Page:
Graduation Year


Document Type




Degree Name

Doctor of Philosophy (Ph.D.)

Degree Granting Department

Marine Science

Major Professor

Pamela Hallock Muller, Ph.D.

Co-Major Professor

Albert C. Hine, Ph.D.

Committee Member

Christopher G. Smith, Ph.D.

Committee Member

Ping Wang, Ph.D.

Committee Member

David J. Mallinson, Ph.D.


Leeuwin Current, Gulf of Mexico, Pliocene, sea level, Holocene, Australia


The aim of paleoenvironmental studies is to reconstruct characteristics of the past environment from fossil assemblages preserved in sedimentary strata. Thus, studies of modern surface assemblages, quantitatively correlated to the environmental parameters, are required before reliable interpretations can be made. For this dissertation, two different techniques were applied in two case studies: a reconstruction making use of a benthic foraminiferal transfer function from the intertidal marshes in the eastern Mississippi Sound, Alabama/Mississippi, and a qualitative reconstruction of ocean current activity on the Western Australian shelf.

Modern salt-marsh foraminifera were collected from Grand Bay, Pascagoula, Fowl River, and Dauphin Island across several elevation transects and different salinity regimes. Cluster analysis yielded nine dead biofacies and five live assemblages from Open Estuarine to Upland Transition. Canonical correspondence analysis indicated a strong relationship between distributions of dead biofacies and elevation. Both dissolution of calcareous species in the organic marsh sediment and the long-term accumulative nature of the dead assemblage favored the use of non-estuarine dead assemblages. A Weighted Average-Partial Least Squared transfer function was applied to the surface data and yielded a Root Mean Squared Error of Prediction (RMSEP) of 0.14 m, which represents 33% Mean Range of Tide at Grand Bay and 39% at Dauphin Island. The transfer function was applied to two sedimentary cores from Grand Bay and two from Dauphin Island, which revealed disparate developments between the regions during the last 1,900 years. While both Dauphin Island cores indicated relative sea-level trends aligned with other Gulf of Mexico studies, Grand Bay was likely impacted by a river avulsion event disconnecting Grand Bay from fluvial sediment influx, and by the erosion of a protective headland, Grand Batture Island. Sediments spanning the last ~100 years contained increased abundances of low marsh foraminifera likely associated with coastline erosion, which was most prominently displayed by a lithology shift towards grey silt in the Dauphin Island cores.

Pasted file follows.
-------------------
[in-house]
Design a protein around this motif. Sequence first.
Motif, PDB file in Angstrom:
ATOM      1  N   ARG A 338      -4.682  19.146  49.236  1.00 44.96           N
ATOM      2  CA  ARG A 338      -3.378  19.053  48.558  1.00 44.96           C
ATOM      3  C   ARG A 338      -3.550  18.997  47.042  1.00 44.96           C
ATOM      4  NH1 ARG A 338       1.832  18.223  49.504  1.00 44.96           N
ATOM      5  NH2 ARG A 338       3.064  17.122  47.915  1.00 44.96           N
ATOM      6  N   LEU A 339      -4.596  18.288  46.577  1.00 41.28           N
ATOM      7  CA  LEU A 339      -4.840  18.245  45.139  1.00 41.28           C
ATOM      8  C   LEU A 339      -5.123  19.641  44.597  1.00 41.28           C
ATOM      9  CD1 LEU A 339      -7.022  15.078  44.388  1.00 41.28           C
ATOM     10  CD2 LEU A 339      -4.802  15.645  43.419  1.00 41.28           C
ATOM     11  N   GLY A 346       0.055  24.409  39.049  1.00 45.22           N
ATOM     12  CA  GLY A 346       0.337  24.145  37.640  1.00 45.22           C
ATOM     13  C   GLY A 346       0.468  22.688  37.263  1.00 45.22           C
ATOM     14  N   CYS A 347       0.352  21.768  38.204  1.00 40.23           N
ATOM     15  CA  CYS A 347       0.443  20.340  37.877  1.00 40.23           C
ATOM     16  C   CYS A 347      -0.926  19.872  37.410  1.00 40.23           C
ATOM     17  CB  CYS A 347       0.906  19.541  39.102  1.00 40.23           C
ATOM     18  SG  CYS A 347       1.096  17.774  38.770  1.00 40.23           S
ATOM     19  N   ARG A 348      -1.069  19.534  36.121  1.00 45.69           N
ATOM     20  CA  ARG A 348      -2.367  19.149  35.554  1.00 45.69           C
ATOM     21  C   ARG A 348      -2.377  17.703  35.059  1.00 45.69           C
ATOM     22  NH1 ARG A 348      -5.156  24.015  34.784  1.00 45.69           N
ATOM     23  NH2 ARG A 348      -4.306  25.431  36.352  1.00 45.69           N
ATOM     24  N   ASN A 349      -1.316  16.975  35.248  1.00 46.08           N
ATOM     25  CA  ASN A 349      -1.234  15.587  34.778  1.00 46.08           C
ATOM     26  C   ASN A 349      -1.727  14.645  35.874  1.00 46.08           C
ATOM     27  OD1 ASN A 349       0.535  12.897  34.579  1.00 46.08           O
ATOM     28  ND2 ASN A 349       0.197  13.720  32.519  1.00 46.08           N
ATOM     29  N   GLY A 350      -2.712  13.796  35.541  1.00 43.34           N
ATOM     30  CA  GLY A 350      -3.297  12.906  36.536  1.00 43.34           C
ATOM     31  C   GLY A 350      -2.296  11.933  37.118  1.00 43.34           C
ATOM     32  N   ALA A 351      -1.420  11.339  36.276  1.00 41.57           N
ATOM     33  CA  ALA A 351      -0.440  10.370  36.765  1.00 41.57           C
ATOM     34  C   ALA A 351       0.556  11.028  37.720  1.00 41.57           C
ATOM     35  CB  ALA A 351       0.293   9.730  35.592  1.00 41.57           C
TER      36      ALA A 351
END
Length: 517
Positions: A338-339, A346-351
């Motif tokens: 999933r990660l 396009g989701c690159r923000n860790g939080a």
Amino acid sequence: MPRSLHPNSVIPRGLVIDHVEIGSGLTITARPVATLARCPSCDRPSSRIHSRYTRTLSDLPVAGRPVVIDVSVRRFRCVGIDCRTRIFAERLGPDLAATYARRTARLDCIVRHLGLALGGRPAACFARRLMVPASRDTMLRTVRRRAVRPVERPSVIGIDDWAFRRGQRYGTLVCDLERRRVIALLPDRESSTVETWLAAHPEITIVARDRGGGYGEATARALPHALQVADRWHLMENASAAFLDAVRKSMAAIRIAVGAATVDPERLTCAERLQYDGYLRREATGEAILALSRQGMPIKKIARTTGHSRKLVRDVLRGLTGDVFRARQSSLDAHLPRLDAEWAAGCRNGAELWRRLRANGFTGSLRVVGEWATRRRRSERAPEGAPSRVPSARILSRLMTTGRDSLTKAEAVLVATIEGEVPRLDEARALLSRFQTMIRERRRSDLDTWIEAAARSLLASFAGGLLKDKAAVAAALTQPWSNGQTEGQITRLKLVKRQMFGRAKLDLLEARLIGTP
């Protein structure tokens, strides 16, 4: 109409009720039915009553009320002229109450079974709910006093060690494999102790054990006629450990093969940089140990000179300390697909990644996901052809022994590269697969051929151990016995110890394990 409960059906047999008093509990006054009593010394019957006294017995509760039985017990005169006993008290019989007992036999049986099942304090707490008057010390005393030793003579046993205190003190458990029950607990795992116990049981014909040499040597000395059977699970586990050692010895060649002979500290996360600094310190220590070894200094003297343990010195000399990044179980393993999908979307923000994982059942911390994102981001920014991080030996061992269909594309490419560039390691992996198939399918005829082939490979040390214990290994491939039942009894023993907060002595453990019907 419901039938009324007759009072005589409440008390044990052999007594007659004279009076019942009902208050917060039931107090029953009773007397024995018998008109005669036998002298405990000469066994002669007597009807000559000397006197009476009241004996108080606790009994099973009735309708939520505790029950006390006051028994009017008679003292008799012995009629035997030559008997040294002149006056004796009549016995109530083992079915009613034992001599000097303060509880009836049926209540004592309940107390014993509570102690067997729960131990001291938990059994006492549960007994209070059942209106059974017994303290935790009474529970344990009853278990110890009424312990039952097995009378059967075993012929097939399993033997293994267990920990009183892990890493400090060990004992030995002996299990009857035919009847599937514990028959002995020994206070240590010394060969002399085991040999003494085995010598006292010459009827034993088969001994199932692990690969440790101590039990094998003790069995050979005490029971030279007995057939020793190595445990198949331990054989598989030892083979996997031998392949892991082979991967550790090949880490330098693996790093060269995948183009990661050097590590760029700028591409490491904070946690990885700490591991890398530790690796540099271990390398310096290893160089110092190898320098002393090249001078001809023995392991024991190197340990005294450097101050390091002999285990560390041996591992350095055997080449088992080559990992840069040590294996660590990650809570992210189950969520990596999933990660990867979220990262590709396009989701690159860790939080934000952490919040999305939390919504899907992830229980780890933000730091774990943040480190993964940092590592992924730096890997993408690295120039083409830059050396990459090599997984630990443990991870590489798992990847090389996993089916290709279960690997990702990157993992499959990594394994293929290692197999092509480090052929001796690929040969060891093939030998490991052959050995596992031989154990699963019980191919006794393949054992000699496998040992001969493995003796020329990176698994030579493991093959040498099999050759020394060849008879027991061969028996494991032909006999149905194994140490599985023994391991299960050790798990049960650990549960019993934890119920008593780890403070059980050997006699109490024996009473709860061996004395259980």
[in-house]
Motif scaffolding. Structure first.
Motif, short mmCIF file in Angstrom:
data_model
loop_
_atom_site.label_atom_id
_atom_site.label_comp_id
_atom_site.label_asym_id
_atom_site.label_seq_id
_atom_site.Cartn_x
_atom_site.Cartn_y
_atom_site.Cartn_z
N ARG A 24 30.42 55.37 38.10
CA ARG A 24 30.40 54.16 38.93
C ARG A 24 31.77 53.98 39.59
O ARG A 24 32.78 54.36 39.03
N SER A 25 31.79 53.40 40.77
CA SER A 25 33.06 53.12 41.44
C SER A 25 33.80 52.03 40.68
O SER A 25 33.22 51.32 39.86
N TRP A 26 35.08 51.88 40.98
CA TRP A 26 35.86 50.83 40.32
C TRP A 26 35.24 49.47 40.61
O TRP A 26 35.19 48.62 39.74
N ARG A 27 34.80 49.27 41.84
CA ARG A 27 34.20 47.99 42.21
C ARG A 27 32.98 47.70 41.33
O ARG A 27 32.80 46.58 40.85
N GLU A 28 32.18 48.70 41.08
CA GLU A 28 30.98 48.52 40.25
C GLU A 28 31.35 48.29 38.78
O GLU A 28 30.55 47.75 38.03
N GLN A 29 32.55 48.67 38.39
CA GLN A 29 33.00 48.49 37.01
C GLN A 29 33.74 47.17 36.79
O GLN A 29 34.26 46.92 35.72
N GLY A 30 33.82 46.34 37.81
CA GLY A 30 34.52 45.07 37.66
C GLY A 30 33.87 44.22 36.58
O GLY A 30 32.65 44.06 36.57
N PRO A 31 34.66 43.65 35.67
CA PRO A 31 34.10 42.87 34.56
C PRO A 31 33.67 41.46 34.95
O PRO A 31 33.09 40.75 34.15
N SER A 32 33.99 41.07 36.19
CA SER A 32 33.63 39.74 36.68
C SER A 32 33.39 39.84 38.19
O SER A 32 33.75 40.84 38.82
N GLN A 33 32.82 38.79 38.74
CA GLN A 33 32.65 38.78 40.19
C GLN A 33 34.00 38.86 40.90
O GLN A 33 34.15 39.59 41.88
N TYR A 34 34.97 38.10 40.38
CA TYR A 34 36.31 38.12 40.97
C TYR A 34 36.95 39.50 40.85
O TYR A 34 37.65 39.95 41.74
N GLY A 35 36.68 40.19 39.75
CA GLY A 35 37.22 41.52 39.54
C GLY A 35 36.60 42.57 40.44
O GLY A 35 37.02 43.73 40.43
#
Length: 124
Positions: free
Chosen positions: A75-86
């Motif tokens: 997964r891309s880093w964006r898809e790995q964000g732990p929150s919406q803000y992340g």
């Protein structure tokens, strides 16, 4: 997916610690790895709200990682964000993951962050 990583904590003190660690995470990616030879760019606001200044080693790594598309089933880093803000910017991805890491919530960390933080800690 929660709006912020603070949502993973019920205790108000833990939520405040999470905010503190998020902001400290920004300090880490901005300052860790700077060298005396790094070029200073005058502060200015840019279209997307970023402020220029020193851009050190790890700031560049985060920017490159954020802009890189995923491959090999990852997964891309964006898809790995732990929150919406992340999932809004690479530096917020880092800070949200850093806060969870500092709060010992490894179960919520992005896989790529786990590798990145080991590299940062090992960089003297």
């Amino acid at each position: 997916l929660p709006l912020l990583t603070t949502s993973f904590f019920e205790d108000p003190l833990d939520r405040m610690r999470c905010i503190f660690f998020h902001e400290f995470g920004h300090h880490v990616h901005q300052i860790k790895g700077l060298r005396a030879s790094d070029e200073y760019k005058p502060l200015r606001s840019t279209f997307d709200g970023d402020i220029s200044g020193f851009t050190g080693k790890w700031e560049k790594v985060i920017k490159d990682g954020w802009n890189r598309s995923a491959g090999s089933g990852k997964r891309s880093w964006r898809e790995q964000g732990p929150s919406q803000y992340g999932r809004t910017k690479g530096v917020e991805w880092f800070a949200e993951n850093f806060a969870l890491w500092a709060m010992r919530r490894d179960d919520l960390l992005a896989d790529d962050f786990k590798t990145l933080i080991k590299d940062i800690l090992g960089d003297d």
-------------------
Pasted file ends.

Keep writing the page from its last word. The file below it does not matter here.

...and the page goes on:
Surface carbonate sediments from Western Australia’s Northwestern Shelf and Carnarvon Ramp were collected from 127–264 m water depth. Foraminiferal assemblages changed between 127 m and 145–264 m due to rapidly decreasing water temperature in the thermocline, and loss of sufficient light for support of “larger” benthic foraminifera. Latitudinal differences were likely caused by three factors: (1) limited influence of the warm Leeuwin Current to support tropical taxa at the sampled depths, (2) reduced habitat diversity on the narrow Carnarvon Ramp compared to surrounding shelves, and (3) differing water-mass characteristics. The gathered information was used to interpret the assemblages from a Carnarvon Ramp core (total depth 300 m), providing insight into the activity of the warm, surficial Leeuwin Current for the last 3.54 My (Pliocene). Abundant infaunal taxa were inferred to indicate low oxygenation, increased supply of organic matter, and high sea-surface productivity during the absence of the Leeuwin Current above the coring site. Dominance of epifaunal species signified higher oxygenation at the sediment-water interface when upwelling of nutrient-rich waters was effectively suppressed by the Leeuwin Current. Around 1.14 Ma, waning of hypoxic conditions was initiated until a more substantial change was marked at 0.91 Ma. Suspension-feeding sponges became common sediment constituents during a Leeuwin Current flow optimum at ~0.6 Ma. The epifaunal taxa dominance persisted on the modern shelf, yet short episodes of infaunal peaks were likely caused by lateral shifts and fluctuating influence of the Leeuwin Current during more intense glacial cycles.

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